Physics and faith, poetry and philosophy came together today at a Service of Thanksgiving for the life of Stephen Hawking: cosmologist, educator, inspiration to millions, and a member of the Fellowship of Gonville & Caius College for over 52 years.
Some 500 mourners were at the service at the University Church of St Mary the Great, Cambridge, just a stone’s throw from the College. More than 50 Fellows of Caius, including the Master, Professor Sir Alan Fersht, and College President Professor John Mollon, attended the ceremony.
Six Caius porters carried Professor Hawking’s coffin into the Church, and Head Porter Russell Holmes, wearing formal uniform of top hat, tails and ebony cane of office, walked ahead of the cortege as it made its way up King’s Parade.
The Revd Dr Cally Hammond, Dean of Caius, officiated at the service, and the music was sung by The Choir of Gonville & Caius College under Precentor Dr Geoffrey Webber.
Hundreds of people lined the streets for the funeral, breaking into applause as the hearse carrying Professor Hawking’s coffin – topped with an all-white arrangement of “Universe” lilies and “Polar Star” roses - drew up outside the church.
Professor Hawking died on 14 March 2018, aged 76. His funeral was private, but his family invited many who had touched his life, including friends, Caius and Cambridge colleagues, carers and nurses, academics from overseas and more.
Readings at the ceremony were given by the actor Eddie Redmayne, who won an Oscar for his role as Professor Hawking in the 2014 film The Theory of Everything, and Martin Rees, the Astronomer Royal. Mr Redmayne read a passage from Ecclesiastes 3.1-11, “For everything there is a season”, while Professor Rees read “The death of Socrates” from Plato Apology 40.
Professor Hawking’s elder son Robert gave the eulogy, telling of his father the physicist and the man. He recalled his own sadness when his father’s tracheotomy meant he could no longer hear his true voice, but also Professor Hawking's mischievous love of late-night dancing.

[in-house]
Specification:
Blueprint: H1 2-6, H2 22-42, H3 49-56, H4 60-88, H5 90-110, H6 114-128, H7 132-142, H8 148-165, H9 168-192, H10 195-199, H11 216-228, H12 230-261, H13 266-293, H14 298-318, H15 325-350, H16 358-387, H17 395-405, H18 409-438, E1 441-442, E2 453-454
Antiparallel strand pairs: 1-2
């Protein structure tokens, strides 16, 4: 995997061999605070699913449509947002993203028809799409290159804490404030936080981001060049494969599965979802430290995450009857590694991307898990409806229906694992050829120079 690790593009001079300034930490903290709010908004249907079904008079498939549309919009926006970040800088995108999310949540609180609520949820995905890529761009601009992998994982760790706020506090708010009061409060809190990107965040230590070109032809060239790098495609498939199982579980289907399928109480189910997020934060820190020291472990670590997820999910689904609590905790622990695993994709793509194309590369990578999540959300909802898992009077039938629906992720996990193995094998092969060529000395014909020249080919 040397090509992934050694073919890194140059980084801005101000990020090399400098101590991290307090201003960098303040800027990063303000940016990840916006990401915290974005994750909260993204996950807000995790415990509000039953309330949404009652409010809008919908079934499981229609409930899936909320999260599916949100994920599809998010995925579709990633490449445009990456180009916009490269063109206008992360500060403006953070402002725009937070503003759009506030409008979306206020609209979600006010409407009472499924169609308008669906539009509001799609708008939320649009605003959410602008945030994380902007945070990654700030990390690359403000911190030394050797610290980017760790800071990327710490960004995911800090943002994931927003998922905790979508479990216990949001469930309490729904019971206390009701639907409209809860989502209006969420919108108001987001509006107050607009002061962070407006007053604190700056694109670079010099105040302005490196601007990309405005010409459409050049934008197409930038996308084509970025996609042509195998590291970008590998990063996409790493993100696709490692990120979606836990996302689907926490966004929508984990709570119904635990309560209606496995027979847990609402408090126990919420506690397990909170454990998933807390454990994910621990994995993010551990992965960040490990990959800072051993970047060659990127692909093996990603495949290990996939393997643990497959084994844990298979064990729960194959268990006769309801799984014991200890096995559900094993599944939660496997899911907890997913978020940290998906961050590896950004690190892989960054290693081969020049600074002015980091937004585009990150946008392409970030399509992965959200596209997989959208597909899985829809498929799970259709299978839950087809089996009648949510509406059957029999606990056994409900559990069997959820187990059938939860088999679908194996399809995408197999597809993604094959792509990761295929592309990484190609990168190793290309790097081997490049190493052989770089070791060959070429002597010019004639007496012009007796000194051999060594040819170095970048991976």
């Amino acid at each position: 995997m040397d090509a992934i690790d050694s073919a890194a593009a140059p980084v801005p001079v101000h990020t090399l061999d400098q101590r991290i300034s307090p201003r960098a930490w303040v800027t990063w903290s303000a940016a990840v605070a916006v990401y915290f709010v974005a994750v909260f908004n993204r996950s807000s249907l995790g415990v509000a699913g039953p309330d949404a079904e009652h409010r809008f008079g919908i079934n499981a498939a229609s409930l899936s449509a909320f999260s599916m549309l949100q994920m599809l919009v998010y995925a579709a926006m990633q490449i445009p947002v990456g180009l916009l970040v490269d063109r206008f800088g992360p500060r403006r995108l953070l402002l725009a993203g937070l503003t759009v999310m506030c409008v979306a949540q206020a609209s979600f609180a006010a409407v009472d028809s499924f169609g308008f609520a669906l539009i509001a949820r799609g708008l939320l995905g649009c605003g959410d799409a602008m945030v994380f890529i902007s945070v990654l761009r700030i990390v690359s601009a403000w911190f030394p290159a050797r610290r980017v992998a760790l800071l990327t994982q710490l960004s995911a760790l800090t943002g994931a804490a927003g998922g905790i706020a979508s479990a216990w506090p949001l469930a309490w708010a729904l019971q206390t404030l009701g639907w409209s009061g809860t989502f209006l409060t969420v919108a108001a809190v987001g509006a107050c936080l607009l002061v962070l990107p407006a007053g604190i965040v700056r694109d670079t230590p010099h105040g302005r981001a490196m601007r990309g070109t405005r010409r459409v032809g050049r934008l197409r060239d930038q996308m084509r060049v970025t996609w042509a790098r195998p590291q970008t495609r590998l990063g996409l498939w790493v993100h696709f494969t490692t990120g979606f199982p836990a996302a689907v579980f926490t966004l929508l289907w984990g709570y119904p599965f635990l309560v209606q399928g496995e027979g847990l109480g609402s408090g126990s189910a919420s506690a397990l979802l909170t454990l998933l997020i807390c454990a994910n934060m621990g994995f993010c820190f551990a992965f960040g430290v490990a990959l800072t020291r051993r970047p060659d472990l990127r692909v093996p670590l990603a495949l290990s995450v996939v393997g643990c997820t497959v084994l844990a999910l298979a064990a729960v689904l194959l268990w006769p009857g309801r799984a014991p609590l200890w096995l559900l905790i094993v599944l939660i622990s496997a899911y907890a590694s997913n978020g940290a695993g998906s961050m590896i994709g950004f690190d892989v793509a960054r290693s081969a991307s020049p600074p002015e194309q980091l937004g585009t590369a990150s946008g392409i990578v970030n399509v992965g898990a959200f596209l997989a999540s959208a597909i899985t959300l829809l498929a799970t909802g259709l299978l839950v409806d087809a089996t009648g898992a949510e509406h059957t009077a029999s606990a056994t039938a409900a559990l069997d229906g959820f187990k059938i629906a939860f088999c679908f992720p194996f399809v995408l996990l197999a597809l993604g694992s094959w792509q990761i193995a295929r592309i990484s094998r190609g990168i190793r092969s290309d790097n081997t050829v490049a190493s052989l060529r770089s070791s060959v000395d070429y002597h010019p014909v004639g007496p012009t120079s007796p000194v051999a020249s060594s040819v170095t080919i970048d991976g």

Professor Fay Dowker of Imperial College, Professor Hawking’s former student, spoke of the impact his work and presence had created. She said: “Stephen shared his work and his zest for the fundamental questions it addressed with wide audiences.
“He inspired people with the excitement and importance of pure scientific enquiry and was admired and revered for his devotion, as a scholar, to the pursuit of knowledge. This high regard was demonstrated wherever in the world he gave a public lecture: the auditorium was always packed, the atmosphere electric and the applause thunderous.”
Music at the ceremony included Beyond the Night Sky by the Caian composer Cheryl Frances-Hoad, specially-commissioned and presented to Professor Hawking by Gonville & Caius College for his 75th birthday in 2017.
The Choir also sang the Lord’s Prayer in Old Church Slavonic, with music by Igor Stravinsky.
The hymns were He who would valiant be and Jerusalem.
The funeral was followed by a private reception at Trinity College.
A condolence book, which was opened on the morning of Prof Hawking's death, remains available to members of the public in the Porters' Lodge at Caius.
A service of thanksgiving for his life will take place at Westminster Abbey in London on 15 June. Professor Hawking’s ashes will be interred next to the grave of Sir Isaac Newton, who was buried in the Abbey in 1727, and close to that of Charles Darwin, who was buried in 1882. The Dean of Westminster, the Very Reverend Dr John Hall, said it was "entirely fitting" the professor's final resting place should be "near those of distinguished fellow scientists".